Kitty and the Twilight Trouble
Updated: Jun 4
by Paula Harrison and Jenny Løvlie, Oxford Children's Books
I'm trying to encourage my eldest child to be more interested in reading independently and when I heard about the Kitty series, it sounded ideal. The females in my family, including my kids, are all cat-mad. As one of our favourite picture books is also illustrated by Jenny Løvlie (The Girls), this looked perfect. This story is actually too advanced for the 5.5-year-old just yet - she is only at the "first reader" stage at the moment. As all the first readers we've found so far are extremely dull, she is not particularly enthusiastic about learning to read by herself. Since this book arrived, she has been carrying it around, looking at the pictures, and saying she is going to read it when she is "bigger." So, although she's not quite ready for the series, Kitty is still helping my eldest to become more excited about reading (hurray!).
Kitty and the Twilight Trouble is a gorgeous book. It's the eighth title in the Kitty collection but can be read as a stand-alone adventure. Kitty is a little girl and a superhero-in-training, with feline superpowers. She can talk to cats and even has her own "cat crew" of feline friends.
In this story, a funfair comes to town, and so does a new cat, named Hazel. Kitty is enjoying the fair but feels sad because cat-crew member Pixie is only interested in spending time with Hazel. Kitty tries to befriend Hazel, but Hazel isn't fond of humans and is rude to Kitty.
This is a simple but powerful story. Although Kitty's friends are cats, the situation she finds herself in is one to which most children will relate. It's not unusual for a friend to find a new pal. It's also common for children to feel excluded like Kitty, and to be on the receiving end of cruel remarks such as those made by Hazel.
It's brilliant how this shows that just because Hazel says something, it doesn't make it true, and that Hazel's behaviour has nothing to do with Kitty. I love when Kitty's mother tells her, "Sometimes other people won't understand what you're trying to do, but that doesn't mean that you should give up." This is a fantastic book for helping children to navigate social situations and cope when they inevitably face similar problems.
Kindness and compassion play a huge part in the narrative. Despite Hazel's treatment of her, Kitty is as gentle and helpful to Hazel as she is to all the animals in the story. It's Kitty's goodwill which ultimately saves the day and her relationship with Pixie.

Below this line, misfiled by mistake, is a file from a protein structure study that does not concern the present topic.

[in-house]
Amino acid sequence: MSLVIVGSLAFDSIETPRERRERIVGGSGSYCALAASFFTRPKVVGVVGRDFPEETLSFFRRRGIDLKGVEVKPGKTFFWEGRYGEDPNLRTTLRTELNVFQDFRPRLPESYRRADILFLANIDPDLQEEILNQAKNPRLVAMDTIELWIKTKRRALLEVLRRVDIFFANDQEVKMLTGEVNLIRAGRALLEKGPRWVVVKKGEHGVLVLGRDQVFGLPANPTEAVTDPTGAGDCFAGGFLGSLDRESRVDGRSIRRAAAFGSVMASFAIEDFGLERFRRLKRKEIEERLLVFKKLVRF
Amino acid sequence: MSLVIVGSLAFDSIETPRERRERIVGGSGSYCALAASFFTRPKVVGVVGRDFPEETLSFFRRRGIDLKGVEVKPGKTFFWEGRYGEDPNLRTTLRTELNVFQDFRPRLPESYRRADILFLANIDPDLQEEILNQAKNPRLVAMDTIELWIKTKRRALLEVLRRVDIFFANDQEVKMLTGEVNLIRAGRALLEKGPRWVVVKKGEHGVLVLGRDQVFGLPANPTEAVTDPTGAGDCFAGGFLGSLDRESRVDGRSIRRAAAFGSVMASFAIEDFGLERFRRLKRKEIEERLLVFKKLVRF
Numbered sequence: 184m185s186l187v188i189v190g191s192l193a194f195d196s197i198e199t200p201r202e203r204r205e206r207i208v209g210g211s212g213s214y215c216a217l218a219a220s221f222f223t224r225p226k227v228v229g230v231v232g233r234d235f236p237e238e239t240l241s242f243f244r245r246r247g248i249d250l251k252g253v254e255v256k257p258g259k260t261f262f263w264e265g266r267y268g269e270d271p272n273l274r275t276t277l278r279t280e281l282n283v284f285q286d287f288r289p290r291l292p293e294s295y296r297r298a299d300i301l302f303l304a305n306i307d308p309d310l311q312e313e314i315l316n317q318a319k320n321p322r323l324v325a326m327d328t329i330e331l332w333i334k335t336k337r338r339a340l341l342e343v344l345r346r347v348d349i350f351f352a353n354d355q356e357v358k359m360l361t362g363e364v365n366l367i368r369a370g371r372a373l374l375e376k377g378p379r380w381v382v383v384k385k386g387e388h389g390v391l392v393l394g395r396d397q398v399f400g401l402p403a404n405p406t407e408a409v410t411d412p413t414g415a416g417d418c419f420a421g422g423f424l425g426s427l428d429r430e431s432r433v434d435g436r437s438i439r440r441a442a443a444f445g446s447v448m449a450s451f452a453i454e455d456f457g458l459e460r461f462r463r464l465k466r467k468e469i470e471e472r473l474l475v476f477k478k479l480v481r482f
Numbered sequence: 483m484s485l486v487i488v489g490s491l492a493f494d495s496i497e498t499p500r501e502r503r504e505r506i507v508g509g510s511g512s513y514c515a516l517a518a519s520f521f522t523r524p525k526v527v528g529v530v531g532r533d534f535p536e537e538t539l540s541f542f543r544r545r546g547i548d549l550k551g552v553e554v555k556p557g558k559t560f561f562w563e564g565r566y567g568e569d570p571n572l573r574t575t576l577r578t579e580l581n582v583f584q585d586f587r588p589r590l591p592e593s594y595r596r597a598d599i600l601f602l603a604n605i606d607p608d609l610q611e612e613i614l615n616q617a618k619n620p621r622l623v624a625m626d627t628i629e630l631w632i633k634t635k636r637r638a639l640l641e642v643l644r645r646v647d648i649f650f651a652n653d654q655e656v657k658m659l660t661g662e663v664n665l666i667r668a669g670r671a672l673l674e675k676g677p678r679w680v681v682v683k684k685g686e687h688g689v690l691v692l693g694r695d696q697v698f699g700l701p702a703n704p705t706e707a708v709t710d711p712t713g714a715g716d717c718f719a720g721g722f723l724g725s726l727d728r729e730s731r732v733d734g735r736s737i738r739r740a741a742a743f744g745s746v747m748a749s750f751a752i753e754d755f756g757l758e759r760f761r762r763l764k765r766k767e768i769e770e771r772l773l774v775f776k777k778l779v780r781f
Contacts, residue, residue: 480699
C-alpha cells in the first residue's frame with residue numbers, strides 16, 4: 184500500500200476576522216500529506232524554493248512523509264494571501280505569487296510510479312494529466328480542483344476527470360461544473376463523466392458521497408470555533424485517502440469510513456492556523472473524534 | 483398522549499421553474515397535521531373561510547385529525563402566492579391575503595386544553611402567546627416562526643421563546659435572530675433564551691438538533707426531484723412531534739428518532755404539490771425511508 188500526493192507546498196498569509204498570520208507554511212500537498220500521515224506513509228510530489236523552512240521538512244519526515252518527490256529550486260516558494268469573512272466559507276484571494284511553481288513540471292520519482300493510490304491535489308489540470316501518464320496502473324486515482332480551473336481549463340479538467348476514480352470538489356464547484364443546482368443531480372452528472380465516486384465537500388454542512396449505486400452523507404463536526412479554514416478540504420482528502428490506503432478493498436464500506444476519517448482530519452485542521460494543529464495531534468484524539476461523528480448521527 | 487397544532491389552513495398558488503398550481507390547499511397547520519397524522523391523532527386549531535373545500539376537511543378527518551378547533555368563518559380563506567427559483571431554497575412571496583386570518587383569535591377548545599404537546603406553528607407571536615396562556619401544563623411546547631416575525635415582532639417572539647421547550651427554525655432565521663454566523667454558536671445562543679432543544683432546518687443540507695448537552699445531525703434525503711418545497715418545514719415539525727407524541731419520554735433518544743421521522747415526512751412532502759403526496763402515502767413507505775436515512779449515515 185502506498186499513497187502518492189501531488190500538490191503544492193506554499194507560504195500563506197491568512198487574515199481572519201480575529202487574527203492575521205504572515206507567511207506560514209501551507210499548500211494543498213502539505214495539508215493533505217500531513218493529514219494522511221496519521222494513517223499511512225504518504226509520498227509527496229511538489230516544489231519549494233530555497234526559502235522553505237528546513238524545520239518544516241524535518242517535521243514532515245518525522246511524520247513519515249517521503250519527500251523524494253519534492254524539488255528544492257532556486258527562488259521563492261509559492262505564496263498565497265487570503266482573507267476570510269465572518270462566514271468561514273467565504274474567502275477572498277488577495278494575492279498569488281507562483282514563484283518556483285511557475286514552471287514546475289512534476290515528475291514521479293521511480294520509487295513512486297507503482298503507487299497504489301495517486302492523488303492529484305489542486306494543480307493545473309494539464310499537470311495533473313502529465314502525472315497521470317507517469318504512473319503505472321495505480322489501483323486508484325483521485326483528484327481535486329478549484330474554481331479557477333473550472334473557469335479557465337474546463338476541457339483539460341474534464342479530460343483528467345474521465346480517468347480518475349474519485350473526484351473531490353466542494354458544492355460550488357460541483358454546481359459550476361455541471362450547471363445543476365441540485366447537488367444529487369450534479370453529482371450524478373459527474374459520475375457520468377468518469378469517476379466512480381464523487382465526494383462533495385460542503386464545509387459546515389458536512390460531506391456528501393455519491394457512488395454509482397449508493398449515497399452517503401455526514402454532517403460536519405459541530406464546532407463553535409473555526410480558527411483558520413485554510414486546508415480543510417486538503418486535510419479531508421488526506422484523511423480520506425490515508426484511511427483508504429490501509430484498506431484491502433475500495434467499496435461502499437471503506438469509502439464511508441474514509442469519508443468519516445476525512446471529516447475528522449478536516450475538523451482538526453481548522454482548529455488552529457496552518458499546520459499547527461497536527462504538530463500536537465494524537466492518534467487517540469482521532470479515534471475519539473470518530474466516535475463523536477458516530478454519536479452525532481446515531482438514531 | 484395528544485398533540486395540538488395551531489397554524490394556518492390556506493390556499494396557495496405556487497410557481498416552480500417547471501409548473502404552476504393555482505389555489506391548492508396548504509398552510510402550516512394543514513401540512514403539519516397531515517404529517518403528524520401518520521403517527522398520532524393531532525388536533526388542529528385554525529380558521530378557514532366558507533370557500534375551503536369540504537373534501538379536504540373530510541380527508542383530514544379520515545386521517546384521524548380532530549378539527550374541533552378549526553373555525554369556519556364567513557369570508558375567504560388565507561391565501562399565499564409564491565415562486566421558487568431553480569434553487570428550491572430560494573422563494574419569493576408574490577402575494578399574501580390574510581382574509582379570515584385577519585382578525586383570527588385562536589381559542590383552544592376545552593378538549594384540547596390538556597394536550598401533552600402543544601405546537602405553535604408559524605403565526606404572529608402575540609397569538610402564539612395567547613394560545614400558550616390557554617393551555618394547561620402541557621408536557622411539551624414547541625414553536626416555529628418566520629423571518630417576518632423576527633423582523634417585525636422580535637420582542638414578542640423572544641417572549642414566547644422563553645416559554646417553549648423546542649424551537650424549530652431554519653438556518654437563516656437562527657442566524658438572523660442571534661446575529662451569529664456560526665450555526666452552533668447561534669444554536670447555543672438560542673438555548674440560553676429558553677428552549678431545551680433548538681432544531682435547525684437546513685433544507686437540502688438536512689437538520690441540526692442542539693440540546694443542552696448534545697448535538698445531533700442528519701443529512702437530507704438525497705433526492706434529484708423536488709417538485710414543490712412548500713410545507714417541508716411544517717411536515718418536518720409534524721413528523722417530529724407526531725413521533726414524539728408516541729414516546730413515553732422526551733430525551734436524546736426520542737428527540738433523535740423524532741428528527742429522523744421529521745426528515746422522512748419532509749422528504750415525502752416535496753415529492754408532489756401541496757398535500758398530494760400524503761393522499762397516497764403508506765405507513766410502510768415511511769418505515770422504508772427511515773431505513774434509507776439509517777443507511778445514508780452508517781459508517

I love how Kitty uses empathy to see things from the perspective of the tiny bird who is in danger. Although Kitty has extraordinary abilities, her real super power is the kindness she shows to all the creatures she meets. This is something that all children can emulate and aspire towards.
Kitty and the Twilight Trouble emphasises the importance of connections with others as it concludes with the following statement: "It was wonderful to jump and climb and turn somersaults, but having good friends was really special too." We see how this is important to everyone, including those with exceptional powers, and that even superheroes can experience problems with friendships sometimes.
This book is fully illustrated and Jenny Løvlie's artwork is fabulous. The images are incredibly animated with a striking and atmospheric colour palette. Kitty and the cats are adorable, and each page has a magical quality.
Paula Harrison's writing is beautiful and evocative. Sunlight "drifts through branches," moonlight "pours," and breezes "swirl." Chapters begin with lyrical opening lines like, "The moon smiled down on the city like a wise old face..."
Kitty and the Twilight Trouble is a wonderful story and we're delighted to have discovered the series. I will be getting the other seven titles in the collection so that my eldest (and youngest) can read them from the beginning, when the time is right. I'm looking forward to reading them too!
About the author:
Paula Harrison wanted to be a writer from a young age but spent many happy years being a primary school teacher first. She finds inspiration in lots of things from cloud shapes to snippets of conversation. Paula is also the author of the Red Moon Rising trilogy and the Rescue Princesses, Tiara Friends Mysteries, Secret Rescuers and Robyn Silver series.
About the illustrator:
Jenny Løvlie is a Norwegian illustrator based in Cardiff. Jenny loves using bold colours, interesting textures and strong shapes and is fascinated by the strong bond between humans and animals and humans and nature. See more books illustrated by Jenny.